They’ll reflect on finding focus by retreating to a mountaintop in China, unearthing the legacy of forgotten World War II heroes, and even seamlessly forging Picassos — which, as you’ll hear in the show, is not nearly as hard as you’d think. 
    The music in this episode is by Famous Cats and Cast Of Characters, courtesy of Soundstripe.

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    • 1 hr 7 min
    Thomas Lanigan-Schmidt: The Story of One of the Few Artists at the Stonewall Uprising

    Thomas Lanigan-Schmidt: The Story of One of the Few Artists at the Stonewall Uprising

    We are thrilled to be back with a new episode of the Hyperallergic podcast. 

    For our one hundredth episode, we spoke with legendary collage and mixed media artist Tommy Lannigan-Schmidt. His works, made from crinkly saran wrap and tin foil, emulate the gleam of precious metals and jewels in Catholic iconography. They reference his upbringing as a working class kid and altar boy in a Catholic community in Linden, New Jersey, where tin foil was an expensive luxury they could rarely afford. But they also hold memories of where he found himself as a teenager: the LBGTQ+ street life and art community of New York City, which led to his participation in the 1969 Stonewall Uprising. 

    Lanigan-Schmidt is as much a visual artist as he is a storyteller. We climbed up to his fourth floor walk-up in Hell's Kitchen, where, surrounded by teetering piles of books and artwork, he regaled us with tales about artists like Jack Smith and Andy Warhol, his decision to leave his hometown as a penniless teenager, his steadfast identity as a working class artist, his conversion to Russian Orthodox Christianity, what changed for gay artists in New York between the 1960s and today, and of course, his recollection of that historic night at the Stonewall.

    We know you’ll enjoy this artist’s sparkling humor and singular vision as he shares reflections on his life and this critical moment in history.

    We also talked with Ann Bausum, author of Stonewall, Breaking Out in the Fight for Gay Rights, about the significance of the uprising. She also shared some of her own first-hand recollections of segregation in 1960s America.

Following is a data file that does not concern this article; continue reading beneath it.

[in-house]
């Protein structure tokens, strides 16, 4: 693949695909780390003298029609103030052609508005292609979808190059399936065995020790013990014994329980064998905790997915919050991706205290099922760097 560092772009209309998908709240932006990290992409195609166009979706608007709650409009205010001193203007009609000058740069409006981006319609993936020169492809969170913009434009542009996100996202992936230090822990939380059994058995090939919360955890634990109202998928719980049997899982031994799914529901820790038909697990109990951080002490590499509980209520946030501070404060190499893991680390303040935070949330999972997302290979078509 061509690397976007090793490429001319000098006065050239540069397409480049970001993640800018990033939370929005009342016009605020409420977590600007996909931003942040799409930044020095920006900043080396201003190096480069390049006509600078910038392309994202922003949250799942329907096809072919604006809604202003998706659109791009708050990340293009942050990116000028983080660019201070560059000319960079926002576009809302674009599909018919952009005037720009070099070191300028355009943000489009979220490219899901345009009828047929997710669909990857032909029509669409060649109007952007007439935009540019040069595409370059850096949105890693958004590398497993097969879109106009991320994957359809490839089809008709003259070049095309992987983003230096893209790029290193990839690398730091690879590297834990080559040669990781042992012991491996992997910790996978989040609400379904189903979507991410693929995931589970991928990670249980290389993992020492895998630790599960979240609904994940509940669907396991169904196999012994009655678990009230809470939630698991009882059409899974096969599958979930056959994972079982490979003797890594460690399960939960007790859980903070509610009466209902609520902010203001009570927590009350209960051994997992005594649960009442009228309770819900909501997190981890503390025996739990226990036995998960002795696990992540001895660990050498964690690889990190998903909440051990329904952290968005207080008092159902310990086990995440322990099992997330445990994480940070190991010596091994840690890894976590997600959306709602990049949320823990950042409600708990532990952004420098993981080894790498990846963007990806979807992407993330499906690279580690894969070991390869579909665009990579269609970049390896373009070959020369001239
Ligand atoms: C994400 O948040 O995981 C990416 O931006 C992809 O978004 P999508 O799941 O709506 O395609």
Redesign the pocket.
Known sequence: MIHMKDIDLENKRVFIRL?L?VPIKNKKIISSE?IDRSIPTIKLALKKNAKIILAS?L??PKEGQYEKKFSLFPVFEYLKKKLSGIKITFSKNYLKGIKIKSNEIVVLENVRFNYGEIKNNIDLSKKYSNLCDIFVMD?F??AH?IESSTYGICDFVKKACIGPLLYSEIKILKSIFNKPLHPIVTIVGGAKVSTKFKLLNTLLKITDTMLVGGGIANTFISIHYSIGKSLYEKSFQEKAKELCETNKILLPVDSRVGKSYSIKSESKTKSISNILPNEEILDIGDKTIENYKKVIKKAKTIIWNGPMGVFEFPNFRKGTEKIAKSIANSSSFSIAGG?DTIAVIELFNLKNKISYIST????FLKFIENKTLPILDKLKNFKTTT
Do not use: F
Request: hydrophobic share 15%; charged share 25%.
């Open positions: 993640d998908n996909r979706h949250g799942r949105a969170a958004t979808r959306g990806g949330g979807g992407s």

The music in this episode was written by Garen Gueyikian, with the exception of one track by Dr. Delight, courtesy of Soundstripe. 

    A selection of Thomas Lanigan-Schmidt’s work will be on display at a show titled Open Hands: Crafting the Spiritual at Saint Louis University’s Museum of Contemporary Religious Art until May 19, 2024. 

    (00:00) - Intro

    (02:31) - Ann / Hrag

    (13:58) - Intro to Tommy

    (15:49) - Tommy / Hrag

    (01:30:05) - Outro
    Related Links:Thomas Lanigan-Schmidt's 2012-2013 solo show at MoMA PS1, Tender Love Among the JunkLanigan-Schmidt's work at Pavel Zoubok Fine ArtGay and Proud, the 1970 film which documented a demonstration on Christopher Street on the first anniversary of the Stonewall Uprising, excerpted in this episode starting at 14:39Stonewall: Breaking Out in the Fight for Gay Rights by Ann BausumWatch Flaming Creatures by Jack SmithDr. Wendy Schaller on Feast of St. Nicholas by Jan SteenAndy Warhol's portrait of Holly SolomonMario Banana, an Andy Warhol film with Mario Montez—
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    • 1 hr 30 min
    The Cartoonist the US Right-Wing Political Establishment Loves to Hate

    The Cartoonist the US Right-Wing Political Establishment Loves to Hate

    Eli Valley is one of the best American cartoonists and the political elite can’t stand his viral comics that pack a punch.

    • 1 hr 13 min
    Artists Tali Hinkis and Daniel Temkin Discuss Digital Combines

    Artists Tali Hinkis and Daniel Temkin Discuss Digital Combines

    Two new media-based artists have a conversation about the new energy in the contemporary art field and the limitations of categories for artists.

    • 1 hr 19 min

Customer Reviews

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140 Ratings